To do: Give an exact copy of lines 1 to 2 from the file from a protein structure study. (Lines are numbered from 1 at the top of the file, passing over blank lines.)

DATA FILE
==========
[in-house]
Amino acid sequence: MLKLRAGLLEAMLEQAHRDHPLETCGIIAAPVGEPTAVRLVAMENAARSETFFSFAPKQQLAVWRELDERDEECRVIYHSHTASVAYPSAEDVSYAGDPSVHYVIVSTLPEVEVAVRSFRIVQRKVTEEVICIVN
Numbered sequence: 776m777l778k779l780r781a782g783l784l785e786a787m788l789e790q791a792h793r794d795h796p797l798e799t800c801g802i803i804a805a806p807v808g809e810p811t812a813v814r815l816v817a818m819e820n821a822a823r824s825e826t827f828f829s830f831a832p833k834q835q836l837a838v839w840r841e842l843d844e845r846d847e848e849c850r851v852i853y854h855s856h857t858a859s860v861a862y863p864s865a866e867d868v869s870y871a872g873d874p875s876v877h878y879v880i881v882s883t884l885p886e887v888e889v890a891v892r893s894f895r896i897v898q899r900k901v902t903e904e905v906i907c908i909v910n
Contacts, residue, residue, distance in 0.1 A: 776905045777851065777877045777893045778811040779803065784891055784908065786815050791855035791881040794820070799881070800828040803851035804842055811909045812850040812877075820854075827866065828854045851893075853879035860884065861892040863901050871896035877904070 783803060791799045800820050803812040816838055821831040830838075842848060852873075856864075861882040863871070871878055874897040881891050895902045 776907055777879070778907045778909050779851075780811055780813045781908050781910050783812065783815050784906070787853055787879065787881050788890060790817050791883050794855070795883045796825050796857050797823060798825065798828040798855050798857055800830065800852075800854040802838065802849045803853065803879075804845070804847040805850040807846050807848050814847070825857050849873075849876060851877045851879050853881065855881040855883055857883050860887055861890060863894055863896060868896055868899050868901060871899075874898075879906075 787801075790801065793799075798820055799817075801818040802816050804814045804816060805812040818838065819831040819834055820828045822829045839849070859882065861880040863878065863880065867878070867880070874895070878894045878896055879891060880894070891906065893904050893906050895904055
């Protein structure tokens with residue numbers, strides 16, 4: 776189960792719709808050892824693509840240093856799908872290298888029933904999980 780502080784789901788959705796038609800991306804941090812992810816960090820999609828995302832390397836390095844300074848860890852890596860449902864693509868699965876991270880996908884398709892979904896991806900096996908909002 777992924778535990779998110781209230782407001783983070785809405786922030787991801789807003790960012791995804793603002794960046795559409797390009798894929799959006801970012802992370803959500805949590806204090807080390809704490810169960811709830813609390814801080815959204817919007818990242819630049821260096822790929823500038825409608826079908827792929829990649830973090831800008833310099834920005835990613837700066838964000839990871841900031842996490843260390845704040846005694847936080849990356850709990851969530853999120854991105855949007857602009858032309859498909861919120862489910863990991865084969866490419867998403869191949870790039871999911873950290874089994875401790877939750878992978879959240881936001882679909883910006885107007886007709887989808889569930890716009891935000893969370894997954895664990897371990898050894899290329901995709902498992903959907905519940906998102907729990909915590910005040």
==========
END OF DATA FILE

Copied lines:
[in-house]
Amino acid sequence: MLKLRAGLLEAMLEQAHRDHPLETCGIIAAPVGEPTAVRLVAMENAARSETFFSFAPKQQLAVWRELDERDEECRVIYHSHTASVAYPSAEDVSYAGDPSVHYVIVSTLPEVEVAVRSFRIVQRKVTEEVICIVN